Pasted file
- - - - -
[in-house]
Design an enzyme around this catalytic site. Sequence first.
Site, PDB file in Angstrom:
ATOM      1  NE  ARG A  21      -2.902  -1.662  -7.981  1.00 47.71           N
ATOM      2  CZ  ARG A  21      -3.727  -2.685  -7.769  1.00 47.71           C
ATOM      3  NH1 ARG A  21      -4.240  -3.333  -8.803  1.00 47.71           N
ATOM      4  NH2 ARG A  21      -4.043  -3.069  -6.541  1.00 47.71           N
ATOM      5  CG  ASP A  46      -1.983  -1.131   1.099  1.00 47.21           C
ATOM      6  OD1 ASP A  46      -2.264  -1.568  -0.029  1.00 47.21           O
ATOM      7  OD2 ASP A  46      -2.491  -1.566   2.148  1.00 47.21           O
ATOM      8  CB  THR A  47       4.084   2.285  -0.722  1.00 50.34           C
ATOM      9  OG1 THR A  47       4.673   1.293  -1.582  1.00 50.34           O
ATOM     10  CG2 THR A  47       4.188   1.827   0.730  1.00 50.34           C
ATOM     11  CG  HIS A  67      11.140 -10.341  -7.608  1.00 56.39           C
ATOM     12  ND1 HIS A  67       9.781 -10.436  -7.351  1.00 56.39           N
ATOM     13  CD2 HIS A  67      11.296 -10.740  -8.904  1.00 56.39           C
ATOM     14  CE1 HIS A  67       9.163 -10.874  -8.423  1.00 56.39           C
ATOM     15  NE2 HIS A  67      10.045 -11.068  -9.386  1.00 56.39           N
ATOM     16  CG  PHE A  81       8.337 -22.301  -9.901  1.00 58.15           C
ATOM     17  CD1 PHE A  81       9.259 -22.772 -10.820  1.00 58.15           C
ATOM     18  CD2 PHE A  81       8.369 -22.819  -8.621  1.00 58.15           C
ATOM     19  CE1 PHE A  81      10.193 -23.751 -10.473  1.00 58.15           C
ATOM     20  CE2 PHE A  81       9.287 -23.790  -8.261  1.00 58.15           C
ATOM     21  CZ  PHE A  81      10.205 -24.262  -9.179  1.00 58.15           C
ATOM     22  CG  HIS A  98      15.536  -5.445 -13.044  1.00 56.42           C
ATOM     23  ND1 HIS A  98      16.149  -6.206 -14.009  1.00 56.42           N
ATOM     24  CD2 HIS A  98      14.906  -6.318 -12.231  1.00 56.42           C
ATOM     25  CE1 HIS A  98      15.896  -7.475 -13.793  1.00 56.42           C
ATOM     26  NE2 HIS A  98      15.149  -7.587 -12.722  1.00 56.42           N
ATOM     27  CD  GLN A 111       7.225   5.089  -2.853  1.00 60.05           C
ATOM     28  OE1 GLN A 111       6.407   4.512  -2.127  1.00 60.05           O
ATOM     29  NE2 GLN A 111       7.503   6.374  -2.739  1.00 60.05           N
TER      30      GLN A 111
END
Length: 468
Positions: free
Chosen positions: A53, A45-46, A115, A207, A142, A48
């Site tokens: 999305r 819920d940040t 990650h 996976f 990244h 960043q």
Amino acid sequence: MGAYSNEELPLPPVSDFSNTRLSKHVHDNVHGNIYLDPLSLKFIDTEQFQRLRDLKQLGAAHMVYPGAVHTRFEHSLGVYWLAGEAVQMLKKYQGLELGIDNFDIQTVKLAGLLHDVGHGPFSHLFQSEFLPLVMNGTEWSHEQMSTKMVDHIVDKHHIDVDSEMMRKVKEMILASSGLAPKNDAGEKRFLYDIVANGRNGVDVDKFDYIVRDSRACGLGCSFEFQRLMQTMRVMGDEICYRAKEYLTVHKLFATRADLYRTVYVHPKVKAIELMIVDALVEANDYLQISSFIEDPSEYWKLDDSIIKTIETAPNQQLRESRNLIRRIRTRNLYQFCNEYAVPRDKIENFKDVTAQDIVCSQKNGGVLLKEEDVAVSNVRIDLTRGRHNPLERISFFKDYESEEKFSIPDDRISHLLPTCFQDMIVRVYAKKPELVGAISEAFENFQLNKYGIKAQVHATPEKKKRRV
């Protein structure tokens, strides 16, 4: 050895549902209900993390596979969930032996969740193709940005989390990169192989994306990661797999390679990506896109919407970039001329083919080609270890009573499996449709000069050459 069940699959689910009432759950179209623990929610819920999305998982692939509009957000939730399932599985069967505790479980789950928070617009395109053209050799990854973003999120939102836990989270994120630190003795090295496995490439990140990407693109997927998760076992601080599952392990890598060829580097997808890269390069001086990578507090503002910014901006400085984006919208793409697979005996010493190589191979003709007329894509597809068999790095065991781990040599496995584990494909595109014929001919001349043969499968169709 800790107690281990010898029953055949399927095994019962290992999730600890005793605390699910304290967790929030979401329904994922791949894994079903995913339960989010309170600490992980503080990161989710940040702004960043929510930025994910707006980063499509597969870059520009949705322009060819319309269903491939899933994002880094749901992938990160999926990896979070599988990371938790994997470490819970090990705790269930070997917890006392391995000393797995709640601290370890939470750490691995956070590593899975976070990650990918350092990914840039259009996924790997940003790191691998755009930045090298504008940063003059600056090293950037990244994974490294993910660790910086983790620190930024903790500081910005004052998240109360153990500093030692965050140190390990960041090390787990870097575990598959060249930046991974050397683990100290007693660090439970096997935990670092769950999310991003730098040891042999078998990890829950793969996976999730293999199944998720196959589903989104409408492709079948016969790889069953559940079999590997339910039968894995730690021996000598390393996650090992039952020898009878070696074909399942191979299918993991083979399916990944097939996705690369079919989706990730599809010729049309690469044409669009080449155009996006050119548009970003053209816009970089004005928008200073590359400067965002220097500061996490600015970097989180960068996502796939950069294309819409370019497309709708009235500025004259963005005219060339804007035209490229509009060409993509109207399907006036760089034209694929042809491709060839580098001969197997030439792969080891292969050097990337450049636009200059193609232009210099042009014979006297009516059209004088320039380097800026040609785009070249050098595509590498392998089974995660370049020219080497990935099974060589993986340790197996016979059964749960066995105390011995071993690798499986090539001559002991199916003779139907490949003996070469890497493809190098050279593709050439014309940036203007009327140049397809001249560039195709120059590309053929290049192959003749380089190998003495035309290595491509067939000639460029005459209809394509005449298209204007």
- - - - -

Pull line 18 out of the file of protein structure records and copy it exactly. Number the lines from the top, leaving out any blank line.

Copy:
ATOM     15  NE2 HIS A  67      10.045 -11.068  -9.386  1.00 56.39           N